Abundance estimates of expressed genes based on TPM values showed that 1,625 transcripts common to, and expressed in, all four libraries that represent different life history stages and tissue types. The 1,625 common transcripts (Fig. 3) suggest an important functional role (potentially housekeeping roles) for basic cellular maintenance in this species as they are expressed in all tissues and at all different stages of life. The hepatopancreas in adults showed the highest number of distinct expressed transcripts (1,082) implying that it is probably the most important tissue as this is the master tissue that controls most body functions. A higher number of transcripts (808) were found to be expressed commonly between hepatopancreas and in PLs indicating expression of important genes that are required for all stages of life. Gill and antennal gland tissues shared 454 transcripts in common. This is likely because these two tissues are involved with ion exchange (osmoregulatory function), gas exchange and some other common functions (Lignot, Spanings-Pierrot & Charmantier, 2000). Based on identified candidate genes in other species, we were able to target the most important genes related to metabolic process, ATP binding, transmembrane activities, regulation of ion transportation, response to environmental stresses and stress tolerance in M. australiense. Efficient osmoregulatory capacity does not depend on ion exchange only; it also involves many other biological processes. Of the 32 osmoregulatory gene families identified here, 17 genes were identified to be involved with transport of the most important ions (Na+, K+, H+, Ca2+, Mg2+, HCO and Cl−) all of which impact osmoregulation and influence salinity tolerance. Differential expression patterns (based on transcript abundance estimates) of potential candidate genes involved with osmoregulation, clearly indicate the more important role of gill and antennal gland tissues to perform osmoregulation in adult individuals as the expression patterns of potential osmoregulatory genes in these tissues were high compared with that seen in the hepatopancreas (Table 4). Of interest however, was that only post larvae showed moderate expression patterns for the same candidate genes. Differential gene expression patterns showed a higher number of genes expressed differentially in post larvae (Fig. S1). This is likely related to rapid developmental changes that are occurring during earlier life history stages that require raised levels of expression of genes involved with growth, tissue development and other developmental processes. The heatmap also shows the highest level of expression pattern in hepatopancreas for adult prawns because this tissue is considered to be the master organ that controls most of cellular activity.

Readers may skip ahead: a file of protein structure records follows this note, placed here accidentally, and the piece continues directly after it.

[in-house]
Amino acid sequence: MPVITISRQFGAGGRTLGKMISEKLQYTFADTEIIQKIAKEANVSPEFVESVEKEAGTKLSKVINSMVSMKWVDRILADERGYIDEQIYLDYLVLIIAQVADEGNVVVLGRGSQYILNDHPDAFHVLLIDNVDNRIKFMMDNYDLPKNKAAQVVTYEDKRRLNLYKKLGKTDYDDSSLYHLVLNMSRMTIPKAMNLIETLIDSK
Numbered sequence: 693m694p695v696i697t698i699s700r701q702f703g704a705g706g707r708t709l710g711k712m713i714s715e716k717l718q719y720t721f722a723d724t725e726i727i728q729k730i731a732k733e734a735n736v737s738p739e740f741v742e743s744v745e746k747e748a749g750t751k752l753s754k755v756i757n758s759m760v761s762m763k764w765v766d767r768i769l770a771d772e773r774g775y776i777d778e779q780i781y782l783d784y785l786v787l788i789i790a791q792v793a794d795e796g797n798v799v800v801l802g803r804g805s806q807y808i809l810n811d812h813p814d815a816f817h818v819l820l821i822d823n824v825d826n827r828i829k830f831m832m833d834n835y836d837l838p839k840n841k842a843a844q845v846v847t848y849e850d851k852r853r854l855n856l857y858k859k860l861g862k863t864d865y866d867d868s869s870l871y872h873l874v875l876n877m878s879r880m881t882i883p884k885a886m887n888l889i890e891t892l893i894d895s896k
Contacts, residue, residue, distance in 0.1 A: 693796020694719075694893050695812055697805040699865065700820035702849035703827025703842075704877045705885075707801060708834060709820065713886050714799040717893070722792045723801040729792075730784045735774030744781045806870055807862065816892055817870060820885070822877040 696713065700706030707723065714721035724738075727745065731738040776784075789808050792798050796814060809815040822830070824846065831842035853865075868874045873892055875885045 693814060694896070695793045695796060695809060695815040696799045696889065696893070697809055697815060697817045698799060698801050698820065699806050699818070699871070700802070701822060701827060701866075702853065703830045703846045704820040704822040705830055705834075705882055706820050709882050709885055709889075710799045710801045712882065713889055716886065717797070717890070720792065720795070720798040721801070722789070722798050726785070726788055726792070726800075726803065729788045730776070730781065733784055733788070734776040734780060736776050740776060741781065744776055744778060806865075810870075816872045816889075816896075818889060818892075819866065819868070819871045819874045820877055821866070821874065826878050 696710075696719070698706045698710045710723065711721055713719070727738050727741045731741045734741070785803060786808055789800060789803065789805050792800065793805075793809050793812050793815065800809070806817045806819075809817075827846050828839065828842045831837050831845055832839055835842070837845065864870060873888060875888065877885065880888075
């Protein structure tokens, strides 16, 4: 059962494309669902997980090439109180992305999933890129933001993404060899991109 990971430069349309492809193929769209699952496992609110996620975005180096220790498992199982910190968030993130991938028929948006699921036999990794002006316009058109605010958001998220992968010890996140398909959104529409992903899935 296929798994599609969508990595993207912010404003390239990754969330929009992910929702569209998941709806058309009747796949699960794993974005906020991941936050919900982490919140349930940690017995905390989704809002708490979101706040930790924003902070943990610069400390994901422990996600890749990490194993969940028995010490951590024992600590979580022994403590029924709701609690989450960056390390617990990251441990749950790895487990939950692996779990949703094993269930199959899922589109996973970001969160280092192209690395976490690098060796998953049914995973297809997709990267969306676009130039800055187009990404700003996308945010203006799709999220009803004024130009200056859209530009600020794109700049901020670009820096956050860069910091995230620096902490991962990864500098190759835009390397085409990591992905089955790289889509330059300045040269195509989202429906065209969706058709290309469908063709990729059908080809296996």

Arginine kinase (AK) in gill tissue has been recognised as one of the most important genes associated with osmoregulatory performance. Expression levels of AK in crustacean gill tissue is generally very high in actively osmoregulating individuals (in energy production and metabolism and of amino acid sequence) (Abe, Hirai & Okada, 2007; Kotlyar et al., 2000), but it also has a role in immune responses (Kinsey & Lee, 2003; Yao et al., 2009). In the current study, AK levels in the four M. australiense cDNA libraries were highest in gill tissue (7,098 expressed copies, Table 4) indicating that it may also function in energy generation for osmoregulation in M. australiense as well.